The Indian Stock Market performed extraordinarily during the last year with Sensex and Nifty crossing the 50k and 15k Mark albeit the global pandemic. One of the main catalysts of this growth was the emergence of India as a major player in the MSCI Index driving the inflow of foreign investors to the domestic country. With the Fed injecting high liquidity in the market and interest rates at an all time low it was the perfect time for Foreign Portfolio Investors to take on risky investment avenues outside their own country.
However, this utopian era ceased to continue over the last few days with the markets dipping constantly making new lows everyday – this can be majorly attributed to the rise in US Treasury 10 Year Bond Yields and the G Sec Bonds in India.
What does the yield of a Bond mean?
Bonds are considered to be one of the safest investment options, bond yields act as a measure to judge the performance of these bonds.
Simply put the yield of a bond means the amount that it pays each year in interest as a percentage of its current price. For example, if a bond is sold at Rs. 100 and pays Rs 5 per year, its yield is 5%. When the price of a bond goes up, its yield goes down – if that same bond is now being sold for Rs. 105, its yield would be 4.76% (5/105). And the same applies the other way around – if the price of that bond dropped to Rs. 95, its yield would go up to 5.26% (5/95). A bond’s yield (as per its current price) is, effectively, its current interest rate.
Why are bond yields rising?
In case investors are suspicious of the performance of the economy as a whole and the prospects of private firms in the country, they turn to government bonds as these have little or no chance of default and offer varying timeframes. This will increase the demand for bonds thereby increasing their price, this ultimately reduces it’s yield.
Now imagine the opposite scenario, if borrowing becomes cheaper, the economy is coming back on track, companies are showing path breaking performance in times of crisis – it becomes prudent to disinvest from bonds and invest in companies (domestic or international) through the stock market.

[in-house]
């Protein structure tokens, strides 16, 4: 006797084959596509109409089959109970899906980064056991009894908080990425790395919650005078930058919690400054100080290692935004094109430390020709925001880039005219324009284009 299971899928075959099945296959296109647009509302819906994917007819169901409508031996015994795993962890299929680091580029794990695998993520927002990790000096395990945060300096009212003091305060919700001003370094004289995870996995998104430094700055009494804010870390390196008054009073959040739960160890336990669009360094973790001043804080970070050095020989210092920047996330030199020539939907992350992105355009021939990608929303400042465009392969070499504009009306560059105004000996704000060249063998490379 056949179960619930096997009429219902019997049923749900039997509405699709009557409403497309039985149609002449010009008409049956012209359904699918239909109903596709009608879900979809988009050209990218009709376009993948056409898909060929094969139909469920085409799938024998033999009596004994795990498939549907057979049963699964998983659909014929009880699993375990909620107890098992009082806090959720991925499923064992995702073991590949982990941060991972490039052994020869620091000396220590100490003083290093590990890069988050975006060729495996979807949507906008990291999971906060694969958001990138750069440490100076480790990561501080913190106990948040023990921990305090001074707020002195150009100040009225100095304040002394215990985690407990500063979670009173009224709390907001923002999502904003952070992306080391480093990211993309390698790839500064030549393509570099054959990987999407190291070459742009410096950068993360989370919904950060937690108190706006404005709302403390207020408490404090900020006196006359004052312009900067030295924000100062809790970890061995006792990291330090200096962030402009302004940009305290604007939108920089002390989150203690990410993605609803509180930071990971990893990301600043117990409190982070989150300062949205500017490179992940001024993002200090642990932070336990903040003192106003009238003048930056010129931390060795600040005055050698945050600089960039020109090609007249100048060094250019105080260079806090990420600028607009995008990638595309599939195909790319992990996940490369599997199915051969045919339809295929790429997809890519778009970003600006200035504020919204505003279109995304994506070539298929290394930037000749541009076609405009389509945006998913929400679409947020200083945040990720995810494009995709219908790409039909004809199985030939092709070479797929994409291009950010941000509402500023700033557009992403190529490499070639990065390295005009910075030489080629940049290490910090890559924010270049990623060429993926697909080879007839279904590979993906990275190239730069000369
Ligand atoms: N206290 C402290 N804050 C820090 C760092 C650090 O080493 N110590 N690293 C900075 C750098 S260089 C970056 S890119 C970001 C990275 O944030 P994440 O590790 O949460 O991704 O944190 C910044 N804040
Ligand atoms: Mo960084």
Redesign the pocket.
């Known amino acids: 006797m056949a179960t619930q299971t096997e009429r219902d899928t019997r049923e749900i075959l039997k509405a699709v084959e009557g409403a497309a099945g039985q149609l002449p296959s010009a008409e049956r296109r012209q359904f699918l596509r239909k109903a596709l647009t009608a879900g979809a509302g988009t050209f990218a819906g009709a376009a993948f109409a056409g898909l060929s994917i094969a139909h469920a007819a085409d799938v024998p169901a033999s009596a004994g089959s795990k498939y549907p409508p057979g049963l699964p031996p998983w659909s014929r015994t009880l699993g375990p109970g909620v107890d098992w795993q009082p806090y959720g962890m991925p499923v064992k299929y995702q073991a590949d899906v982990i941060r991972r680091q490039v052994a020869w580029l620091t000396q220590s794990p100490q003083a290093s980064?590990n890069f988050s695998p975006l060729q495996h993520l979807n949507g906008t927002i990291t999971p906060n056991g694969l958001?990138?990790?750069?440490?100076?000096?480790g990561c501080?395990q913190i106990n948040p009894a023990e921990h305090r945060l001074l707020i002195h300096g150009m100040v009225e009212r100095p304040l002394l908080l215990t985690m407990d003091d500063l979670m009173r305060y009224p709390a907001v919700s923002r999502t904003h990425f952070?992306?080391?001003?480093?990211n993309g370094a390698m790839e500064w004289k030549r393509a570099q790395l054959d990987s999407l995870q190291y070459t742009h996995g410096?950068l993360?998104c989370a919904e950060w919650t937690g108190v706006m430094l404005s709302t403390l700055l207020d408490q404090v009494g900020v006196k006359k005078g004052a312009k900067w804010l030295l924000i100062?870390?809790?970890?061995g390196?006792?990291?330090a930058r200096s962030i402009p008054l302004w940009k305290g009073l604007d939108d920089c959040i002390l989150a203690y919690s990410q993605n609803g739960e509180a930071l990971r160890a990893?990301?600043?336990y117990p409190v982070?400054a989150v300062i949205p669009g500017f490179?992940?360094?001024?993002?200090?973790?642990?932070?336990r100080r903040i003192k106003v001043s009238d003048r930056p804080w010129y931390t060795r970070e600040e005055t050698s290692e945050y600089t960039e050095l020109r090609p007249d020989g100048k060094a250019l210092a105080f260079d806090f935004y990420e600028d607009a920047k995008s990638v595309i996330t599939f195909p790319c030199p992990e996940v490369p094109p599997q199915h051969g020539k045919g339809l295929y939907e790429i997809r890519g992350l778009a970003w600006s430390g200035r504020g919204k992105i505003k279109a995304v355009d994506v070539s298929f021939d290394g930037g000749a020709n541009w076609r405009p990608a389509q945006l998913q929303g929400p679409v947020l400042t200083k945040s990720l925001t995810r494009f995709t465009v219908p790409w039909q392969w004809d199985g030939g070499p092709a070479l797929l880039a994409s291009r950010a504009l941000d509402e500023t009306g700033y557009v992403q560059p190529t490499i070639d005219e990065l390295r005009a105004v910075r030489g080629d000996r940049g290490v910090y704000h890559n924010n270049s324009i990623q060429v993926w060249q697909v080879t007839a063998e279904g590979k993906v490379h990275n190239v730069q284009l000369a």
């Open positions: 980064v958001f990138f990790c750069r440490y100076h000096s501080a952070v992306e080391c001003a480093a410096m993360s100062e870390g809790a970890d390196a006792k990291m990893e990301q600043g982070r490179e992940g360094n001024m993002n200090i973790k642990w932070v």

This thereby decreases the price of bonds, increasing their yields (generating better returns than before). We are currently in the second scenario where investors preferred to invest their money in emerging markets with a bullish outlook.
How have bond yields performed overtime?
The yield on 10-year bonds in India moved up from the recent low of 5.76% to 6.23% in line with the rise in US yields from 0.52% in August 2020 to 1.56% on 5th March 2021, that is a 3x increase.
The average increase in government securities yields across 3, 5, and 10 years has been around 31 basis points since the Budget. Corporate bonds rated ‘AAA’ and SDL spreads have jumped by 25-41 basis points during this period.
In the UK, 10-year bonds rose 40 basis points in February to touch 0.76% this week.
In essence, this means investors find lending to the government a better alternative than lending to the Indian firms via the stock markets which is a major contributor to the recent dip.
The rising bond yields have also led to the firming up of the US dollar against other major currencies like Euro and Yen. If the yields in the US continue to move up beyond 1.5 per cent and the US dollar also strengthens, then it can trigger the withdrawal of funds from risk assets like equities and riskier regions like emerging markets eg. India.
In spite of the rising bond yields that had their long shadow on the markets, the Indian equities ended the week in green, with a gain in excess of 2 per cent, after two consecutive weekly losses. On Friday, Sensex and Nifty50 closed the week at 50,045 and 14,938.10 respectively, up by ~2.80 per cent each.
How exactly do Bond Yields affect the Stock Market?
It is not surprising that the US economy is one of the largest economies in the world, investing in US treasuries is one of the safest bets and if such bond yields are rising then they become an even more attractive proposition. The US treasury attracts foreign investors from across the world.
As a result many global investors pull out their funds from emerging markets like India and prefer investing in US Bonds or the prospects of the US Economy.
It is intuitive to think about the concept of opportunity cost here, consider an example where the bond market in India had a yield of 3% and the Stock Market could promise returns of 10% (arbitrary figure), the opportunity cost of investing in Bonds and not in equity thus would be this gap of 7%.
Now that the Bond Market has an interest of 6%, this opportunity cost of return foregone has dropped to 4% but at least a return of 6% is more or less guaranteed unlike the 10% return in the Stock Market.
Another impact of the rise in G Sec Bond Yields is that it will increase the cost of borrowing for companies as they would now need to shell out more money as coupon payments to incentivise the investors to prefer them over their government counterparts. This hits the valuation of companies and markets readjust accordingly to the future prospects.
When growth is strong, the impact of higher growth in terms of cash flows or dividends more than offsets the negative impact of the rise in yields, causing equity share prices to trade higher.
What Lies Ahead?
In case the Central Bank decides to step in to stabilise the coupon rates on bonds we can see some stabilisation in prices and the stock market combined. Till then, we might still witness some outflow of funds and profit booking by foreign investors.